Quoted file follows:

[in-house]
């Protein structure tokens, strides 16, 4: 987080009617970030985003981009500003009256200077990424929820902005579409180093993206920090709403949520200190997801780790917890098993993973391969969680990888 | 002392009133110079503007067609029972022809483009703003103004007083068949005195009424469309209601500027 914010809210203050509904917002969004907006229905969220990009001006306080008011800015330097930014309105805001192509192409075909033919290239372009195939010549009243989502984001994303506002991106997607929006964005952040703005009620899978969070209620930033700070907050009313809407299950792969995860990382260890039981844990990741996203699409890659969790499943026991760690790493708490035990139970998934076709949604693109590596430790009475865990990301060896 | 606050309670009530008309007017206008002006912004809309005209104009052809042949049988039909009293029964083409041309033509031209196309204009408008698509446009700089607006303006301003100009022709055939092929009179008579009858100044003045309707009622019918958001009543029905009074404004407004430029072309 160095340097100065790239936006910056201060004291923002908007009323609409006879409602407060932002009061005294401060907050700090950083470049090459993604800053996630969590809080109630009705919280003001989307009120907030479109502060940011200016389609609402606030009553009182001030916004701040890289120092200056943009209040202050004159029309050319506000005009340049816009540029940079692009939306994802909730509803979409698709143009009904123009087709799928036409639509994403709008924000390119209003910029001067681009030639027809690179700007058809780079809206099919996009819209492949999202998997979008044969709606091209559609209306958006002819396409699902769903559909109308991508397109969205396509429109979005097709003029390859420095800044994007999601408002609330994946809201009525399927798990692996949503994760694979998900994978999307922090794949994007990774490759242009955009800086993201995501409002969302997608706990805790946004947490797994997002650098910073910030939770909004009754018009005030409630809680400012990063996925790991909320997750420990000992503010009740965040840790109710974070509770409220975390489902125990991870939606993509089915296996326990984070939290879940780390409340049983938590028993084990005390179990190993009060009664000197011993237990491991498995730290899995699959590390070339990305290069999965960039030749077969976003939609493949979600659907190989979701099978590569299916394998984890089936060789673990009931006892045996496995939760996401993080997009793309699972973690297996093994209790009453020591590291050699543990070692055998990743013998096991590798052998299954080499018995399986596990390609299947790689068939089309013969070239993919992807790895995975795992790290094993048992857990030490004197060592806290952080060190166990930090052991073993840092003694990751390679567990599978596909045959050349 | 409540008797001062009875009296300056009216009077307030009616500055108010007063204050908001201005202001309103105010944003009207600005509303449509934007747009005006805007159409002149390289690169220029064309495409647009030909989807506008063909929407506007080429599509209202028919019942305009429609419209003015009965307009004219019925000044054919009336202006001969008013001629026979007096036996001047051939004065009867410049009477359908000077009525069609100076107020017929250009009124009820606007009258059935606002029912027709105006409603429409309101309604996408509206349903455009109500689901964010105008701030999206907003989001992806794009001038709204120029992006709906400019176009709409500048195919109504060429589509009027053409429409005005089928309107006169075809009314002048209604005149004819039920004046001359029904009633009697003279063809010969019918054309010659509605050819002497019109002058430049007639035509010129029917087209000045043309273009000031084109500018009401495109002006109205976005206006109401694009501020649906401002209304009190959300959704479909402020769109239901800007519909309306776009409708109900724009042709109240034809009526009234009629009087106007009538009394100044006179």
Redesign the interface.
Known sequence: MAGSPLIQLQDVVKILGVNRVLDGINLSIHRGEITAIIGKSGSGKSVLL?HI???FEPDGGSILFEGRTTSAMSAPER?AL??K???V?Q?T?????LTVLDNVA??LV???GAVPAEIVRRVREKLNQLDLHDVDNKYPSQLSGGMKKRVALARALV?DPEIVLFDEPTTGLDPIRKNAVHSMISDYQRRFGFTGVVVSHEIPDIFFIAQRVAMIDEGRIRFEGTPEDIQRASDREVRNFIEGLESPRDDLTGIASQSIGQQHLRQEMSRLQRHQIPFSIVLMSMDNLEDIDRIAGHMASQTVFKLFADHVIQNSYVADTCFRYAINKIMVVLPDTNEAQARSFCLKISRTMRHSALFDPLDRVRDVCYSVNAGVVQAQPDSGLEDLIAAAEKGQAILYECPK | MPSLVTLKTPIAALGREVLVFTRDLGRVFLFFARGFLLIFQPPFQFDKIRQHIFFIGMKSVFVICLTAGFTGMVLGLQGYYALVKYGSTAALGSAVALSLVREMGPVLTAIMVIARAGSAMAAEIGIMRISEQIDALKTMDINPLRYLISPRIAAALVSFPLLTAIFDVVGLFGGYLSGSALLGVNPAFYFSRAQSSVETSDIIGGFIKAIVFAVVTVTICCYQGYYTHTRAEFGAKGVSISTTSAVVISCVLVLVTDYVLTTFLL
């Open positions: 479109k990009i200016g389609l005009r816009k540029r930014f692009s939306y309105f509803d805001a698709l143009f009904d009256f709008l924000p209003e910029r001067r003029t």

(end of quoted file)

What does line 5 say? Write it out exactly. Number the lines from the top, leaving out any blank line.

């Open positions: 479109k990009i200016g389609l005009r816009k540029r930014f692009s939306y309105f509803d805001a698709l143009f009904d009256f709008l924000p209003e910029r001067r003029t």